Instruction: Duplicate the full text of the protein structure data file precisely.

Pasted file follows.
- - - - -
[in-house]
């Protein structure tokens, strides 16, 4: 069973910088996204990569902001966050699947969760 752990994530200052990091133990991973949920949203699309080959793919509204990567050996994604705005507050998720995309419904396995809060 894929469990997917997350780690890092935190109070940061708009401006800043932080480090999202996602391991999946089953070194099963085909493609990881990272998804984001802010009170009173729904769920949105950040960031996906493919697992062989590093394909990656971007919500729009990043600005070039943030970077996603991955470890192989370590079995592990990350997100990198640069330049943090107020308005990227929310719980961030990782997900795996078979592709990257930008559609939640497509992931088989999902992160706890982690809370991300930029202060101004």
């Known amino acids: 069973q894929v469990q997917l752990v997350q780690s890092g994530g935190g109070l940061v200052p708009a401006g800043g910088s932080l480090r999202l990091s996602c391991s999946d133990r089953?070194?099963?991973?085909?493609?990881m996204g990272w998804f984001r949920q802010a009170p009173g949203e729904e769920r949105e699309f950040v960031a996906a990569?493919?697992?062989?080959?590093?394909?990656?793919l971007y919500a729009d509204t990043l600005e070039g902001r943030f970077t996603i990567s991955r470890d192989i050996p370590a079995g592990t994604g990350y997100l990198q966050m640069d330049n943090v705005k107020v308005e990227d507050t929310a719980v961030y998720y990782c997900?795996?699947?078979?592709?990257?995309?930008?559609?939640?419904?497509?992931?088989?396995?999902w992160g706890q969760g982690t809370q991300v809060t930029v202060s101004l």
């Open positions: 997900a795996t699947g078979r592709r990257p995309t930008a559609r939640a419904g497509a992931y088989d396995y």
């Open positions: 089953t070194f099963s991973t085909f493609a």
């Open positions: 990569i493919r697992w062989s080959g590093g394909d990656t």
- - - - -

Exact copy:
[in-house]
């Protein structure tokens, strides 16, 4: 069973910088996204990569902001966050699947969760 752990994530200052990091133990991973949920949203699309080959793919509204990567050996994604705005507050998720995309419904396995809060 894929469990997917997350780690890092935190109070940061708009401006800043932080480090999202996602391991999946089953070194099963085909493609990881990272998804984001802010009170009173729904769920949105950040960031996906493919697992062989590093394909990656971007919500729009990043600005070039943030970077996603991955470890192989370590079995592990990350997100990198640069330049943090107020308005990227929310719980961030990782997900795996078979592709990257930008559609939640497509992931088989999902992160706890982690809370991300930029202060101004």
């Known amino acids: 069973q894929v469990q997917l752990v997350q780690s890092g994530g935190g109070l940061v200052p708009a401006g800043g910088s932080l480090r999202l990091s996602c391991s999946d133990r089953?070194?099963?991973?085909?493609?990881m996204g990272w998804f984001r949920q802010a009170p009173g949203e729904e769920r949105e699309f950040v960031a996906a990569?493919?697992?062989?080959?590093?394909?990656?793919l971007y919500a729009d509204t990043l600005e070039g902001r943030f970077t996603i990567s991955r470890d192989i050996p370590a079995g592990t994604g990350y997100l990198q966050m640069d330049n943090v705005k107020v308005e990227d507050t929310a719980v961030y998720y990782c997900?795996?699947?078979?592709?990257?995309?930008?559609?939640?419904?497509?992931?088989?396995?999902w992160g706890q969760g982690t809370q991300v809060t930029v202060s101004l």
């Open positions: 997900a795996t699947g078979r592709r990257p995309t930008a559609r939640a419904g497509a992931y088989d396995y």
């Open positions: 089953t070194f099963s991973t085909f493609a």
């Open positions: 990569i493919r697992w062989s080959g590093g394909d990656t």